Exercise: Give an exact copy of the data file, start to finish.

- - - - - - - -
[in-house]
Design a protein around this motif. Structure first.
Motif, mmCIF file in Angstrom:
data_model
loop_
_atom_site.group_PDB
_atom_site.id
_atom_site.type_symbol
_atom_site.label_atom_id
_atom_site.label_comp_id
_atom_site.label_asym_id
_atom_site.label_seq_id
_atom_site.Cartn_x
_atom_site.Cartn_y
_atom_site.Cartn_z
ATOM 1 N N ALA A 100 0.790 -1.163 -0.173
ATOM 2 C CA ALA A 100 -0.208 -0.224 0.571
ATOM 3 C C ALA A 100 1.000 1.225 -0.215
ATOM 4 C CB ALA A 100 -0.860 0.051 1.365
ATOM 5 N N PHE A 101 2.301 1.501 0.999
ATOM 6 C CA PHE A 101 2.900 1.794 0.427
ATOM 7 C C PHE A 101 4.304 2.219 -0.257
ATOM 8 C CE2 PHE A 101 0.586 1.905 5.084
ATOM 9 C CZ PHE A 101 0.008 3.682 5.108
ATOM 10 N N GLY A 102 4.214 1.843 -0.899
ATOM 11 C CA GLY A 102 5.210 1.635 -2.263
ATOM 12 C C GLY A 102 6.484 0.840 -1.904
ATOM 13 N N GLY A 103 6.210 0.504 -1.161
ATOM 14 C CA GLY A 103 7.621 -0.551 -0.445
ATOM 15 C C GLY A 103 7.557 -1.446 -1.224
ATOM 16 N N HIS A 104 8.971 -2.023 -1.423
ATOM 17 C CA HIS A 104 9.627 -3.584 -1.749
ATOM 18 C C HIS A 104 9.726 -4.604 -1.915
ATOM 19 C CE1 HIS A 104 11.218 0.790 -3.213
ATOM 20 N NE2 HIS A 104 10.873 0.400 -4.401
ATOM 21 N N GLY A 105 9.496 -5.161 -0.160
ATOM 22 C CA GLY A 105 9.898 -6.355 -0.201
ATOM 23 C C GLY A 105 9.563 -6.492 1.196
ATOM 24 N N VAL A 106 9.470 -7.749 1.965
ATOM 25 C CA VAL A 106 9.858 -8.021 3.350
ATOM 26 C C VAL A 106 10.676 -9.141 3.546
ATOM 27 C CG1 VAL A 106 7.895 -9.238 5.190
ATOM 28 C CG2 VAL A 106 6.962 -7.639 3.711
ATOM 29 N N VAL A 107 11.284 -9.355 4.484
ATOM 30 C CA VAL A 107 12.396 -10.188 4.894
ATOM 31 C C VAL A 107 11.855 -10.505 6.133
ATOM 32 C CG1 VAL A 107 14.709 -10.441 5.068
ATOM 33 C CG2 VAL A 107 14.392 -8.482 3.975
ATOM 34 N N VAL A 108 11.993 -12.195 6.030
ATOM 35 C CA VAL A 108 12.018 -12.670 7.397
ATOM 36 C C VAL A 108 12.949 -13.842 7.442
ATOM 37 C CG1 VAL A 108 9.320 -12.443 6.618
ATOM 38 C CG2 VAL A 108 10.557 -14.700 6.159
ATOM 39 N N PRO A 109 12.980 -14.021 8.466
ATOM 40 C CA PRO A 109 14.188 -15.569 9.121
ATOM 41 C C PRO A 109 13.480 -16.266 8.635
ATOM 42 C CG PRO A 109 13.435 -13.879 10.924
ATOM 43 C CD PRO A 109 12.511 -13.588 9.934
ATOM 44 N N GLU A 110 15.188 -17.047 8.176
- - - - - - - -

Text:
[in-house]
Design a protein around this motif. Structure first.
Motif, mmCIF file in Angstrom:
data_model
loop_
_atom_site.group_PDB
_atom_site.id
_atom_site.type_symbol
_atom_site.label_atom_id
_atom_site.label_comp_id
_atom_site.label_asym_id
_atom_site.label_seq_id
_atom_site.Cartn_x
_atom_site.Cartn_y
_atom_site.Cartn_z
ATOM 1 N N ALA A 100 0.790 -1.163 -0.173
ATOM 2 C CA ALA A 100 -0.208 -0.224 0.571
ATOM 3 C C ALA A 100 1.000 1.225 -0.215
ATOM 4 C CB ALA A 100 -0.860 0.051 1.365
ATOM 5 N N PHE A 101 2.301 1.501 0.999
ATOM 6 C CA PHE A 101 2.900 1.794 0.427
ATOM 7 C C PHE A 101 4.304 2.219 -0.257
ATOM 8 C CE2 PHE A 101 0.586 1.905 5.084
ATOM 9 C CZ PHE A 101 0.008 3.682 5.108
ATOM 10 N N GLY A 102 4.214 1.843 -0.899
ATOM 11 C CA GLY A 102 5.210 1.635 -2.263
ATOM 12 C C GLY A 102 6.484 0.840 -1.904
ATOM 13 N N GLY A 103 6.210 0.504 -1.161
ATOM 14 C CA GLY A 103 7.621 -0.551 -0.445
ATOM 15 C C GLY A 103 7.557 -1.446 -1.224
ATOM 16 N N HIS A 104 8.971 -2.023 -1.423
ATOM 17 C CA HIS A 104 9.627 -3.584 -1.749
ATOM 18 C C HIS A 104 9.726 -4.604 -1.915
ATOM 19 C CE1 HIS A 104 11.218 0.790 -3.213
ATOM 20 N NE2 HIS A 104 10.873 0.400 -4.401
ATOM 21 N N GLY A 105 9.496 -5.161 -0.160
ATOM 22 C CA GLY A 105 9.898 -6.355 -0.201
ATOM 23 C C GLY A 105 9.563 -6.492 1.196
ATOM 24 N N VAL A 106 9.470 -7.749 1.965
ATOM 25 C CA VAL A 106 9.858 -8.021 3.350
ATOM 26 C C VAL A 106 10.676 -9.141 3.546
ATOM 27 C CG1 VAL A 106 7.895 -9.238 5.190
ATOM 28 C CG2 VAL A 106 6.962 -7.639 3.711
ATOM 29 N N VAL A 107 11.284 -9.355 4.484
ATOM 30 C CA VAL A 107 12.396 -10.188 4.894
ATOM 31 C C VAL A 107 11.855 -10.505 6.133
ATOM 32 C CG1 VAL A 107 14.709 -10.441 5.068
ATOM 33 C CG2 VAL A 107 14.392 -8.482 3.975
ATOM 34 N N VAL A 108 11.993 -12.195 6.030
ATOM 35 C CA VAL A 108 12.018 -12.670 7.397
ATOM 36 C C VAL A 108 12.949 -13.842 7.442
ATOM 37 C CG1 VAL A 108 9.320 -12.443 6.618
ATOM 38 C CG2 VAL A 108 10.557 -14.700 6.159
ATOM 39 N N PRO A 109 12.980 -14.021 8.466
ATOM 40 C CA PRO A 109 14.188 -15.569 9.121
ATOM 41 C C PRO A 109 13.480 -16.266 8.635
ATOM 42 C CG PRO A 109 13.435 -13.879 10.924
ATOM 43 C CD PRO A 109 12.511 -13.588 9.934
ATOM 44 N N GLU A 110 15.188 -17.047 8.176